What are companies usually missing when jumping into the social media waters?
- They’re misunderstanding the commitment. (It requires one.)
- They think it’s a switch. (Don’t think of “social media” as a separate marketing category. It should be intertwined into your cross-media approach.)
- They’re expectations are unrealistic. (They don’t give it enough time.)
Here are the best ways to fix these mistakes:
- Education. Education will help them get the point, but they need to know where to get that education. You can help them.
- Understanding the hard work involved will address a lot of the unknowns. We can all relate to what happens with hard work. But there needs to be an emphasis and a complete understanding of how labor intensive social media can be.
- You can outsource it, but it’s easier to understand when you don’t, the more you understand, perhaps the more capable you are of knowing what you can and cannot do internally.
- It is a switch but when you treat social media as such, others can tell, they see your lack of commitment—they see the half ass effort.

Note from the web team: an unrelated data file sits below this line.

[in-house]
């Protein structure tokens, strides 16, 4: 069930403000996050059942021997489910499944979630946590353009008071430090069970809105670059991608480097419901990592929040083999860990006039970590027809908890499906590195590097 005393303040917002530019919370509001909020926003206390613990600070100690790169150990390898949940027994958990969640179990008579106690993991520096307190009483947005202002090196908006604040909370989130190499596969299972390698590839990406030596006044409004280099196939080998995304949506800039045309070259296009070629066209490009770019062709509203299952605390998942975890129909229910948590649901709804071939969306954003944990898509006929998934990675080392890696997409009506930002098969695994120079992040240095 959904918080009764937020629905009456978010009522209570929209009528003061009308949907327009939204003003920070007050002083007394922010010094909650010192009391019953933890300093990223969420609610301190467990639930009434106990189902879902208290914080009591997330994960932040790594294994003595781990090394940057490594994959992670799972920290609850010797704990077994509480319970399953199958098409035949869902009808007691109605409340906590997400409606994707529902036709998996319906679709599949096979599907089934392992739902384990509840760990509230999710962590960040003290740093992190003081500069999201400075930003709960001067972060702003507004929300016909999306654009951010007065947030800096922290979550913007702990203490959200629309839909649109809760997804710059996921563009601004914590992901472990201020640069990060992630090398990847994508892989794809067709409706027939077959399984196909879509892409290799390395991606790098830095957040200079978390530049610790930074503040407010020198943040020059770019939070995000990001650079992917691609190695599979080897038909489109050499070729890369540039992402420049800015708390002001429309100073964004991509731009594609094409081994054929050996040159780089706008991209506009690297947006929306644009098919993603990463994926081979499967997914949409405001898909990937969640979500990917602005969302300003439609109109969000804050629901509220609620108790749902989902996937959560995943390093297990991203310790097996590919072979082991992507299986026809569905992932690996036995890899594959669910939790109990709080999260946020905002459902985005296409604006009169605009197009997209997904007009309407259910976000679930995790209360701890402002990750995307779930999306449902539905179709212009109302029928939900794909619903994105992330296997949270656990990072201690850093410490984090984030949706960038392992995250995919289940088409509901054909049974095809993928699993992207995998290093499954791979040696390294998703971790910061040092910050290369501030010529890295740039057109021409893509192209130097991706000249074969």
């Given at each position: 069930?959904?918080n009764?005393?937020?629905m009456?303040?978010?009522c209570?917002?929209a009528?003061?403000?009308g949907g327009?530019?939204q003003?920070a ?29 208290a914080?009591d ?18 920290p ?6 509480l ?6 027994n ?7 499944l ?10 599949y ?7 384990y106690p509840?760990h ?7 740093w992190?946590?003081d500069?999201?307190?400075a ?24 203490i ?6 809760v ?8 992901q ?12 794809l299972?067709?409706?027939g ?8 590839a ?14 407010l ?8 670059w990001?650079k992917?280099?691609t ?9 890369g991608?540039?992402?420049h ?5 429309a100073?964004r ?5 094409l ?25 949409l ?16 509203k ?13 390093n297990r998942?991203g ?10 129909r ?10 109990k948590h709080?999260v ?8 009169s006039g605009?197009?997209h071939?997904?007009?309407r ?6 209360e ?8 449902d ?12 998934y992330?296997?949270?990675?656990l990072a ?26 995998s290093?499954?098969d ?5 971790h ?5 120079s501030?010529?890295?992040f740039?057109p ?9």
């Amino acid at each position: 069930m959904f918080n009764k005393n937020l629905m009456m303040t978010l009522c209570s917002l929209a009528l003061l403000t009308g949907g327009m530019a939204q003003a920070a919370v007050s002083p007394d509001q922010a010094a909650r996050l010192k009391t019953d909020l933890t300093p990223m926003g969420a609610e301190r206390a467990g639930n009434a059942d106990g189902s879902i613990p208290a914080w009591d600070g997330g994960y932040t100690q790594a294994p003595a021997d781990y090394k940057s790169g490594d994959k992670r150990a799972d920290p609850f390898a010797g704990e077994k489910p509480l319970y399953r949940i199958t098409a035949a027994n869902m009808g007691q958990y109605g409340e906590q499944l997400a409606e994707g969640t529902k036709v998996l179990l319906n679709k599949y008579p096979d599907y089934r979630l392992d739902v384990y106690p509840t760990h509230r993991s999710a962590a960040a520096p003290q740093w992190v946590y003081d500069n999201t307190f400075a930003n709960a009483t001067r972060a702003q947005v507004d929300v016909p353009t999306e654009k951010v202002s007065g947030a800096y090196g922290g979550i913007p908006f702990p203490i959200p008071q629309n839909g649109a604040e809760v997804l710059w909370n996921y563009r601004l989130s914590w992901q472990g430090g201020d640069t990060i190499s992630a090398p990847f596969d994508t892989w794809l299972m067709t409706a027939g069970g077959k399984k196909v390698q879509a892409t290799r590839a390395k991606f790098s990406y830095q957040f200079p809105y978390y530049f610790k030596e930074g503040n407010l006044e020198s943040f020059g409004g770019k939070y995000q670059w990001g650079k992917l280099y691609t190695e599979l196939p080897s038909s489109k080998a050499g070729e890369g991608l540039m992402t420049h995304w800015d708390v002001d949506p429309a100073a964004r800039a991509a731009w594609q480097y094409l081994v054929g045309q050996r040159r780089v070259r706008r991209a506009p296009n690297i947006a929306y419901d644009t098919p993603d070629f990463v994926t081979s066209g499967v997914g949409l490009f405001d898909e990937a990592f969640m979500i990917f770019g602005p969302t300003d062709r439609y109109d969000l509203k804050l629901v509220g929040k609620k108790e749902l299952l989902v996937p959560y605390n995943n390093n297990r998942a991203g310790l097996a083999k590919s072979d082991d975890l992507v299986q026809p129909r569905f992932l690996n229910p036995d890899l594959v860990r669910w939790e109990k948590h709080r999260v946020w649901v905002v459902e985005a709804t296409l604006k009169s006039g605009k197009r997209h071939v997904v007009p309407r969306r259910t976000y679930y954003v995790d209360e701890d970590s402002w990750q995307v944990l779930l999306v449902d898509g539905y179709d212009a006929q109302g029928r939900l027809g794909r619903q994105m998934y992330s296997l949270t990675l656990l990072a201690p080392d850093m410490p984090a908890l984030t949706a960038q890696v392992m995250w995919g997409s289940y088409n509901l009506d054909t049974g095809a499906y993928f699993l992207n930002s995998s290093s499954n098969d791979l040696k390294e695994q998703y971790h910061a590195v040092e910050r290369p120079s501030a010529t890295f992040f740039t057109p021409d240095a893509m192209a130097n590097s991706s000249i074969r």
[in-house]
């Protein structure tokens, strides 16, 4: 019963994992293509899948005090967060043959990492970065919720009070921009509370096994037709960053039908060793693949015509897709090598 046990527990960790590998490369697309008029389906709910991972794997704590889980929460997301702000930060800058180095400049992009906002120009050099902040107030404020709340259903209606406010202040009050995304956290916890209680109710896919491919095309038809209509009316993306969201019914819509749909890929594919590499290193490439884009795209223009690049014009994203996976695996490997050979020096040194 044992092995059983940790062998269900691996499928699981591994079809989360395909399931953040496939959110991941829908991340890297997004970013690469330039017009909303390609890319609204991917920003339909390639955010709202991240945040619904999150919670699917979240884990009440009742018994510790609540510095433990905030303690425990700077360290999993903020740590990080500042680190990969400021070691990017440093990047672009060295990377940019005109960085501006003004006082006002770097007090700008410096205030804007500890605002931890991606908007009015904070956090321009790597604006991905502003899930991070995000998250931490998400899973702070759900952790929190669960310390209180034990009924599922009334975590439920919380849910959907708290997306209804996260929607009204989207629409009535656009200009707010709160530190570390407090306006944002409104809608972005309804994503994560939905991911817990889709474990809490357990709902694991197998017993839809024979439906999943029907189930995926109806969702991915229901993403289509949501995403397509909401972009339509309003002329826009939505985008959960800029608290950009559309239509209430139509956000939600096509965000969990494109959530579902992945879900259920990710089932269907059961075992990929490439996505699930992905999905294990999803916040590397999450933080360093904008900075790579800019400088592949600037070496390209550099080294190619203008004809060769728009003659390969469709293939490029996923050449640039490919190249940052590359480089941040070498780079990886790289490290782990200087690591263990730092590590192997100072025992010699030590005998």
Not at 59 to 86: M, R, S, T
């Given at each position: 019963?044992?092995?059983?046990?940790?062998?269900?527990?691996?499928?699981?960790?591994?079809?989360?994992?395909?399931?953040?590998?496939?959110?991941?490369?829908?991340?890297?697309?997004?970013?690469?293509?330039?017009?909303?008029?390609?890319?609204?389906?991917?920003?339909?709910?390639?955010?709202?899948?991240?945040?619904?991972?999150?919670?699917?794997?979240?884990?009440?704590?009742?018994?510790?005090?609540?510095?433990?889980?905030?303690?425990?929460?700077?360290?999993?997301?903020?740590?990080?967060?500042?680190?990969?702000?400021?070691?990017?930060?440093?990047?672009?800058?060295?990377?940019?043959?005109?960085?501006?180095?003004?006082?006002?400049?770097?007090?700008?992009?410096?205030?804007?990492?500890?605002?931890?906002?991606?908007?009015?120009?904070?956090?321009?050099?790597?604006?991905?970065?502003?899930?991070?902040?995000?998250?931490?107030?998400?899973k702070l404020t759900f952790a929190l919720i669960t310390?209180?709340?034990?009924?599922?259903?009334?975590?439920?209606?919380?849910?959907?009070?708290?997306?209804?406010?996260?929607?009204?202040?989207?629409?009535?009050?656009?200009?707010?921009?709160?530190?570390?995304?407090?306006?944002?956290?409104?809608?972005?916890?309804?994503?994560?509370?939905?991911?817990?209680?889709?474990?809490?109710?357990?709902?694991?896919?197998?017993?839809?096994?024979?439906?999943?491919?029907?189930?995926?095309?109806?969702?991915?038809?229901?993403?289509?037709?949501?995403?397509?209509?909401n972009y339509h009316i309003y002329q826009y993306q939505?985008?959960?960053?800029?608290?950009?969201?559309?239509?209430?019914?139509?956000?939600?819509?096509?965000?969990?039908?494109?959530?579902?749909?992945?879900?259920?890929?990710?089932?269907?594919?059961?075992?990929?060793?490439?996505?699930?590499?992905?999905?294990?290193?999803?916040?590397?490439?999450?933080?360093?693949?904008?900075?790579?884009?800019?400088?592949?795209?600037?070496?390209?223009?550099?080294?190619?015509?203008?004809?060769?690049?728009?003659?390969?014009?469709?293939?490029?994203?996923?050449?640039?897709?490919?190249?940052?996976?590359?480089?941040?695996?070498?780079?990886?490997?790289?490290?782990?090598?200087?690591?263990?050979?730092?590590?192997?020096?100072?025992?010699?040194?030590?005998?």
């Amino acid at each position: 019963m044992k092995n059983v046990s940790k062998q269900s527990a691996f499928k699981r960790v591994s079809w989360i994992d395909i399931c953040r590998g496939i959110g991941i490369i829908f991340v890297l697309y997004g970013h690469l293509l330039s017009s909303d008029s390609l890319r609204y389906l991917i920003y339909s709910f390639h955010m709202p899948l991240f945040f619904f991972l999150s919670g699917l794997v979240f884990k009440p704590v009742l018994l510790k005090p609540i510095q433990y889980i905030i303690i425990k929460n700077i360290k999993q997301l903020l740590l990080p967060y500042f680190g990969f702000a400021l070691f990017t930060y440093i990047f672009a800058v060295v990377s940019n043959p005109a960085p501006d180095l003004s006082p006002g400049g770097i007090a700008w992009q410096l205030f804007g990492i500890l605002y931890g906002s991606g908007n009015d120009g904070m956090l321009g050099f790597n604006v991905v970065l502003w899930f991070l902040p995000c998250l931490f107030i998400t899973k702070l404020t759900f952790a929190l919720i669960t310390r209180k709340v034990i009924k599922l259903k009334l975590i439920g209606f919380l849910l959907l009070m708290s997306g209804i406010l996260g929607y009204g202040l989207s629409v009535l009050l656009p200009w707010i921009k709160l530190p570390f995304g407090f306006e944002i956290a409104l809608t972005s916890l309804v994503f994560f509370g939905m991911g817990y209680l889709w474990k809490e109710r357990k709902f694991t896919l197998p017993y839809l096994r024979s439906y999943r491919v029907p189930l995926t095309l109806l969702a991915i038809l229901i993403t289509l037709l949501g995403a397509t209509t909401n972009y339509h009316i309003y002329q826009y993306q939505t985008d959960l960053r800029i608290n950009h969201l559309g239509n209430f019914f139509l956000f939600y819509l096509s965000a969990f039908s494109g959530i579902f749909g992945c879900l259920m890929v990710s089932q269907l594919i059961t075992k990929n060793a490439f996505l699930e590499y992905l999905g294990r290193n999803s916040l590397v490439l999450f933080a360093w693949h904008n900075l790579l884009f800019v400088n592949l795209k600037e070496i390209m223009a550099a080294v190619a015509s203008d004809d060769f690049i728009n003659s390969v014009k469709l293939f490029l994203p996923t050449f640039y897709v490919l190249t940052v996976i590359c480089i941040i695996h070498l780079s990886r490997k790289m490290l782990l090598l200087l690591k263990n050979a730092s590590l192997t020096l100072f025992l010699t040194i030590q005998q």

- If you don’t try, then what should you expect? I’ve always said, if you give 100%, then no-one can ever say that you didn’t try. You can take it out of the equation. But make sure you’re working smart.
- You measure your efforts when you sell, when you advertise, when you hire, when you buy, etc. This is no different. You just need the right tools to measure the right things.
- Look up the definition of social media ROI and that will tell you what you should measure with social media.
- Create reachable goals. Teams and coaches create goals–you should be no different. Set up your expectations tied into your goals and give it all a legitimate time frame. But know it is a long term deal.